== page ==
Boyd : The Fighter Pilot Who Changed the Art of War

4.36 (2,825 ratings by Goodreads)
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A detailed portrait of American fighter pilot John Boyd examines his distinguished military career during the Korean War and his postwar efforts as a military theorist who took on the entrenched Pentagon bureaucracy to transform the art of modern warfare and the American military with his revolution
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Product details

  • Paperback | 504 pages
  • 140 x 207 x 36mm | 460g
  • Little, Brown and Company
  • New York, United States
  • English
  • Reprint
  • 8 Halftones, black & white
  • 0316796883
  • 9780316796880
  • 15,259

Review quote

""Fascinating....An excellent book....Coram captures the dazzling diversity of John Boyd--fighter pilot, aerial tactician, engineer, and scholar."
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Rating details

2,825 ratings
4.36 out of 5 stars
5 54% (1,533)
4 31% (880)
3 12% (330)
2 2% (64)
1 1% (18)

Our customer reviews

This is an extraordinary biography of an extraordinary man. I came across this because I was looking for insight into Boyd's most famous theory, the OODA loop. I finished the book realising that, like most everybody else, I hadn't even grasped the fundamentals. More, I gained an absolutely fascinating insight into the journey of an extraordinary mind. Boyd was responsible for three separate strategic revolutions - the codification of fighter tactics, his "energy-maneuverability theory" which changed fighter design beyond all recognition, and the OODA loop, which has been embraced by the US Marines and, incidentally, has informed the decision making of militaries all over the world. And yet while Coram presents Boyd's remarkable achievements, he does not shy away from Boyd's almost-outrageous faults. He was a dreadful family man. More, however, he was both a genius and a fighter pilot. Both of which are known for their poor social skills. Boyd combined the worst aggressive arrogance of the fighter pilot, with the worst intensity of the genius. One is left feeling profoundly disappointed, because - by irritating the hell out of people who could help him - he single-handedly ensured he would remain the ultimate outsider, and that his work would have to fight for acceptance. Without Tom Christie, who understood diplomacy a little more, Boyd would still be unknown. And the F16 would never have been built. Nor would the A-10. And the Marines would still be planning D-Day style frontal attacks instead of maneuver warfare. And yet could it have been any other way? Boyd was manic. Obsessive. Probably just a little bit unstable. But that was precisely why he started drawing conclusions nobody else could draw. The closed circle is infuriating - the factors which made him a genius, also ensured his ideas would have incredible difficulty finding acceptance. Coram captures all of this beautifully. Even better, this is an easy book to read. Fluency in neither pilot-jargon nor engineer-nerdspeak is required. If this book is not required reading in every military academy around the world, it jolly well should be. Just more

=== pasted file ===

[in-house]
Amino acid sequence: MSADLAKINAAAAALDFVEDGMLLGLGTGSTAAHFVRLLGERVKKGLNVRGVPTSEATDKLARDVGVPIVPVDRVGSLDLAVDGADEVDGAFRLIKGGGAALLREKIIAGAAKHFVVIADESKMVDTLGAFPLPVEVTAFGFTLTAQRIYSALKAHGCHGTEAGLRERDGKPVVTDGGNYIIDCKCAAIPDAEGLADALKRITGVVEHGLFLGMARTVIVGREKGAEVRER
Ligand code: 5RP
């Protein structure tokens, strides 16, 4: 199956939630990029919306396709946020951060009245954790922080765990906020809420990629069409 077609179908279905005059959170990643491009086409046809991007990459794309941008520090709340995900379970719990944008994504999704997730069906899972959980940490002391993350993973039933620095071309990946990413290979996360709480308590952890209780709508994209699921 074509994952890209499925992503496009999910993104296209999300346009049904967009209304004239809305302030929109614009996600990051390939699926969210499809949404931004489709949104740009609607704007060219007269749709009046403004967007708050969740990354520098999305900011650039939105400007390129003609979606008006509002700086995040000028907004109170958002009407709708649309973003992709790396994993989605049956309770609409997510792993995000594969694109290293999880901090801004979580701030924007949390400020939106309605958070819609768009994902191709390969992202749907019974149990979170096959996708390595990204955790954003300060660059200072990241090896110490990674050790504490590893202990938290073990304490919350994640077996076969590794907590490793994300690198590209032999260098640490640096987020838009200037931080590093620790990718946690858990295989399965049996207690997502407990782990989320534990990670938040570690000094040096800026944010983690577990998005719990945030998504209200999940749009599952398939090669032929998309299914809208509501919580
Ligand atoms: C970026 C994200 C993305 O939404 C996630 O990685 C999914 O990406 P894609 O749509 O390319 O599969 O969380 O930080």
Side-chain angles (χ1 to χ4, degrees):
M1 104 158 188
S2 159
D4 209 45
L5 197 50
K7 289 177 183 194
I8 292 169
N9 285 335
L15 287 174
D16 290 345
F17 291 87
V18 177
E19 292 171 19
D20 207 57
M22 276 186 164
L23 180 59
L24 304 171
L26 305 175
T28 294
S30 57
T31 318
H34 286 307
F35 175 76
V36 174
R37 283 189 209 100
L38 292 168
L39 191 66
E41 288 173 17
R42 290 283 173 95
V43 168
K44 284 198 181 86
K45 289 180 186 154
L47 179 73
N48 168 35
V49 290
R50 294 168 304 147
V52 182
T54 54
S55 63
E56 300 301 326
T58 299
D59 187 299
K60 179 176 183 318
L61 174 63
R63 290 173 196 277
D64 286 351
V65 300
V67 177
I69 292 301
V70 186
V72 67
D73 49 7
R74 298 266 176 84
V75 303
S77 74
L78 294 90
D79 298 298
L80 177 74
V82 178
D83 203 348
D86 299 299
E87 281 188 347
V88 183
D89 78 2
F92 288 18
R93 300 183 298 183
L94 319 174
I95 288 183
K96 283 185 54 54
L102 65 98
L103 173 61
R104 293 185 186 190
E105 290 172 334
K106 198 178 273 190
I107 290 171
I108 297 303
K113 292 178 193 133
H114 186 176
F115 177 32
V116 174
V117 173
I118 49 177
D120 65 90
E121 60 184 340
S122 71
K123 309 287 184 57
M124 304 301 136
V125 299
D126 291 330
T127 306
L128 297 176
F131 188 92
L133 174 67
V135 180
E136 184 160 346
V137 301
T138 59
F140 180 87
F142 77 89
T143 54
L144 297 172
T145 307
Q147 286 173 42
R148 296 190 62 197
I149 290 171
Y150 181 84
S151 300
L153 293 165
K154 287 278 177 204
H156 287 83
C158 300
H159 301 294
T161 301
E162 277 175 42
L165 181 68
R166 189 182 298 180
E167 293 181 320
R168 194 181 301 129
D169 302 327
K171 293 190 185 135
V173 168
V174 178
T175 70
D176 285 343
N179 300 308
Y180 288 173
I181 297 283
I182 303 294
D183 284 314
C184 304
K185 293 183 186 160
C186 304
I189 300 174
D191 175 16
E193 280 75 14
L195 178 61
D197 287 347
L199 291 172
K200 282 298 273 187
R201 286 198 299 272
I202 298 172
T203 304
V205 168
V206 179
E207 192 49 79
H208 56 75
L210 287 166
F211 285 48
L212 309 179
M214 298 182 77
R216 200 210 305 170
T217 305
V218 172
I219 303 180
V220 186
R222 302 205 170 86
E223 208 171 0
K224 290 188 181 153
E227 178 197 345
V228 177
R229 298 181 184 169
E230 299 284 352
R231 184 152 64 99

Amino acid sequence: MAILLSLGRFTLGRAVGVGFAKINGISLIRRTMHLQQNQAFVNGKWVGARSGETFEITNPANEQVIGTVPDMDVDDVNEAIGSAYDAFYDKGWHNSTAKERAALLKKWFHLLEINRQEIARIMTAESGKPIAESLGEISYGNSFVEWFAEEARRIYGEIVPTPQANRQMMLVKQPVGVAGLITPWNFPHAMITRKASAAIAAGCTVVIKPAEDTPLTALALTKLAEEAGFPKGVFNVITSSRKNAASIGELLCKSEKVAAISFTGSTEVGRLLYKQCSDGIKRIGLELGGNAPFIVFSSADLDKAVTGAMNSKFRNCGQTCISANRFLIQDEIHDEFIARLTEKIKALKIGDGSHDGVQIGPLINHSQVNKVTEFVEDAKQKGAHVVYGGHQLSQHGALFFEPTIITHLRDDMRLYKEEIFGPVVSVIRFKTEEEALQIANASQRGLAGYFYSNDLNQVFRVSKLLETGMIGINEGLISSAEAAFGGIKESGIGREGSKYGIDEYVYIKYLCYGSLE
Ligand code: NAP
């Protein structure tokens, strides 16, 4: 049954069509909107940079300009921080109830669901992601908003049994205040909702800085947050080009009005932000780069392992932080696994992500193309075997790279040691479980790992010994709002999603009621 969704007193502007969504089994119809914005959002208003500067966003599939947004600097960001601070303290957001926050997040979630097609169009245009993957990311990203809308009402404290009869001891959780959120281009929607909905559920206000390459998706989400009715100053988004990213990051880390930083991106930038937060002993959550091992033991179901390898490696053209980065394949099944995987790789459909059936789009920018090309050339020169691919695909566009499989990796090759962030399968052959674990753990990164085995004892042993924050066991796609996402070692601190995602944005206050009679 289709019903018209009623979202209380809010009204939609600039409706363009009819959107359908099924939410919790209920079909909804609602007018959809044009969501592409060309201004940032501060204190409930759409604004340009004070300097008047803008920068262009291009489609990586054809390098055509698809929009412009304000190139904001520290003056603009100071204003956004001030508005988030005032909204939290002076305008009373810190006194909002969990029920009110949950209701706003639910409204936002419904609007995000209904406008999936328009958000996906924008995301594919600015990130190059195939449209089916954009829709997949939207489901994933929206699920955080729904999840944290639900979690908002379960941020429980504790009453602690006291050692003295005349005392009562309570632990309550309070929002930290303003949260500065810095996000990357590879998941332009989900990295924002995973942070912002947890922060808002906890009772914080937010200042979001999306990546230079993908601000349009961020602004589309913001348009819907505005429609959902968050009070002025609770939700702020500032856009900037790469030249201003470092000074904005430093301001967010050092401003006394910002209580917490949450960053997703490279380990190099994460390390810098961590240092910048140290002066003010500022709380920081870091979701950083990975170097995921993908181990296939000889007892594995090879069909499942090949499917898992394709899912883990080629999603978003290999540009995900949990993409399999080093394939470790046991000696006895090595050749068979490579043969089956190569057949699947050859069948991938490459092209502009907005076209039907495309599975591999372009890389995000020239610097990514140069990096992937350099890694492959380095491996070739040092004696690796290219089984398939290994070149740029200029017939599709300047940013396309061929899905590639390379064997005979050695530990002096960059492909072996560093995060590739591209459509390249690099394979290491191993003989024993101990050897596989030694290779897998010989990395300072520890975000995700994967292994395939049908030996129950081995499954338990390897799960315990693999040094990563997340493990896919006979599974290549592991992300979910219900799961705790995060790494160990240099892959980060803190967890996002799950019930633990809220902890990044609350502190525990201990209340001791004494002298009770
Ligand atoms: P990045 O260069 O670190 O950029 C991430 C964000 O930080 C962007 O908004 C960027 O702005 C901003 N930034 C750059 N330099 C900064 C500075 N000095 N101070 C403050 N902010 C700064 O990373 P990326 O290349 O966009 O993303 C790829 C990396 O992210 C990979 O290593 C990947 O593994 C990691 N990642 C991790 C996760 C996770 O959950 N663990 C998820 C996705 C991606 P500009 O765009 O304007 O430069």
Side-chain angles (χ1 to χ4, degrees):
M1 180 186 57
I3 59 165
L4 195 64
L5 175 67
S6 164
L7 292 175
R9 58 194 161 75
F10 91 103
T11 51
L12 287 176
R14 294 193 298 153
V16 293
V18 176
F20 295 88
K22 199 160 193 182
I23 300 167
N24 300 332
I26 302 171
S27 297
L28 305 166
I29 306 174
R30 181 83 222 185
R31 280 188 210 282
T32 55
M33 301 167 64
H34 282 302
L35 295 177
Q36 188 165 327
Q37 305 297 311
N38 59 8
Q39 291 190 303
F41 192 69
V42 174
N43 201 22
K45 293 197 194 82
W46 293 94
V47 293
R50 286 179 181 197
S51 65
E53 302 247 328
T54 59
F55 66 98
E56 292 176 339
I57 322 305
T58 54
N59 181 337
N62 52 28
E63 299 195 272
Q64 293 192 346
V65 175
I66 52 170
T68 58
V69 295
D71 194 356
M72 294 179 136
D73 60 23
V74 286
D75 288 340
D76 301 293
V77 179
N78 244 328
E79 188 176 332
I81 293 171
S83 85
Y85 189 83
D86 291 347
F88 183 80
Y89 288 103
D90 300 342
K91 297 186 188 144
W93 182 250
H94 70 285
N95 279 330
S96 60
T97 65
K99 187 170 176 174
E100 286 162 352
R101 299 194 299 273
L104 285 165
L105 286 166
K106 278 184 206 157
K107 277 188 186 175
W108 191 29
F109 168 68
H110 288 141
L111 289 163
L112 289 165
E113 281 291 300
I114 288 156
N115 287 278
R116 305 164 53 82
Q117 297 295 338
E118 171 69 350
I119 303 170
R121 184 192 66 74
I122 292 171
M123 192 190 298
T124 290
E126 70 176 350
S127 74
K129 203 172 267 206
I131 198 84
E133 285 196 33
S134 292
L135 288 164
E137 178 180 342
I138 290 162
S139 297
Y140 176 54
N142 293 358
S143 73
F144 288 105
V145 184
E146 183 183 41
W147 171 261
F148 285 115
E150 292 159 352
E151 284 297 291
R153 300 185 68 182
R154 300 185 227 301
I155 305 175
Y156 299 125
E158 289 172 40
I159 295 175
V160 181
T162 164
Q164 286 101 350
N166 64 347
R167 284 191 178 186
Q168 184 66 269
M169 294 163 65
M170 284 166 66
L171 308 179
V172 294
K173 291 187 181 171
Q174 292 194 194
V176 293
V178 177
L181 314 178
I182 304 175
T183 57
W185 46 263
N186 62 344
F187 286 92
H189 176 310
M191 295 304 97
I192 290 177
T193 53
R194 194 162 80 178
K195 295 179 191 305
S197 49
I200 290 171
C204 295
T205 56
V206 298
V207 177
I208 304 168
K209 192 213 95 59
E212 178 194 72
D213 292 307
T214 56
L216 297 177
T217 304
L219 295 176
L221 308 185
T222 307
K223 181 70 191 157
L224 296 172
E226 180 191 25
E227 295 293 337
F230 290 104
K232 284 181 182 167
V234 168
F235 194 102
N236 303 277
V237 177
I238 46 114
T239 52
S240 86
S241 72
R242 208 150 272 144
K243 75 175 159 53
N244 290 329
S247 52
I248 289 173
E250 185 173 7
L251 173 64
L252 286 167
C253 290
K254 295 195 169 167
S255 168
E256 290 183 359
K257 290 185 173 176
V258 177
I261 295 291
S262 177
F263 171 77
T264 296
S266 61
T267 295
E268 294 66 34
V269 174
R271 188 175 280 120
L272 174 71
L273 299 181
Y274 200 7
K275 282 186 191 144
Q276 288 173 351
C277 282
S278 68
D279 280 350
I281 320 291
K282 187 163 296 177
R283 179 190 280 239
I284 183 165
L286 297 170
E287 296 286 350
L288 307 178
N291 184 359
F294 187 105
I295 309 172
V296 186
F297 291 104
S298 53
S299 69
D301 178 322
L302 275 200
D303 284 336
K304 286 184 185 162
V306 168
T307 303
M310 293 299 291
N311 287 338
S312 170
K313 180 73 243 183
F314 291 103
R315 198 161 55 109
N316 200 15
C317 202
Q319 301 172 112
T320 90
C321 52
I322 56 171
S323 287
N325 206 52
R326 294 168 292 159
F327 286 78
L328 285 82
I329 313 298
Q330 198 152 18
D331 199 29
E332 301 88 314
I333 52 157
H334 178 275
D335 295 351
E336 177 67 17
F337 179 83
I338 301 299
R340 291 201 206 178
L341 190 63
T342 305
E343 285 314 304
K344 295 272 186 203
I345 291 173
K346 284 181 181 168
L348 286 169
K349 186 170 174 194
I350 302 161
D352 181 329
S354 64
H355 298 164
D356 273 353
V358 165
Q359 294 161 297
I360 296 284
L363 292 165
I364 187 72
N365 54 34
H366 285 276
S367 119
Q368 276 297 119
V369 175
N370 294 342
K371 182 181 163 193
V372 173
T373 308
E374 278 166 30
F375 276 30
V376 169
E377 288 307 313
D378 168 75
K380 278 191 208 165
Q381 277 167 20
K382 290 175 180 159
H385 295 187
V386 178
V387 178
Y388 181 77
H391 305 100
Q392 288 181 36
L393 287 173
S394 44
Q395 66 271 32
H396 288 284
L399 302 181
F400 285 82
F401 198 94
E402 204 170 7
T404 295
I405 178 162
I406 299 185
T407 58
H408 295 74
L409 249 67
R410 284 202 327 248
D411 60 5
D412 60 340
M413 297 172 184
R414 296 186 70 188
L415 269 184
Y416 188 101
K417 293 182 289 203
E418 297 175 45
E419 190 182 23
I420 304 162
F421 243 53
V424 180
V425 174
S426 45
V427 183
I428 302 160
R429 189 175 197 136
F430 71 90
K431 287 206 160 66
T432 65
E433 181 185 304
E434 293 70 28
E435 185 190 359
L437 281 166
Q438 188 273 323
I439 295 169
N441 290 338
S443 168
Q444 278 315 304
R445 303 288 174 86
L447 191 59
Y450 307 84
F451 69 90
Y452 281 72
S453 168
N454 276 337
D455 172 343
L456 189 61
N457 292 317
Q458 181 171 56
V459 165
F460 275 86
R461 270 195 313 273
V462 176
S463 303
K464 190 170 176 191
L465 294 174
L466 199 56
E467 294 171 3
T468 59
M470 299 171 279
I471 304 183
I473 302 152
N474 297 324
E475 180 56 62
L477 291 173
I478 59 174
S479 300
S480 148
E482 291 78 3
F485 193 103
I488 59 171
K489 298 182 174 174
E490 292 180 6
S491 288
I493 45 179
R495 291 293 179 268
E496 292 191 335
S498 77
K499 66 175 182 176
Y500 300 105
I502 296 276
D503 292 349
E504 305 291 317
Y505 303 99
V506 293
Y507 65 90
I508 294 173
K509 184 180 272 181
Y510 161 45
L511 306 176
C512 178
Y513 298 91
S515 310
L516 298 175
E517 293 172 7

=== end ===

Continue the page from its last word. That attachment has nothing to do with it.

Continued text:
by Anthony Marinac
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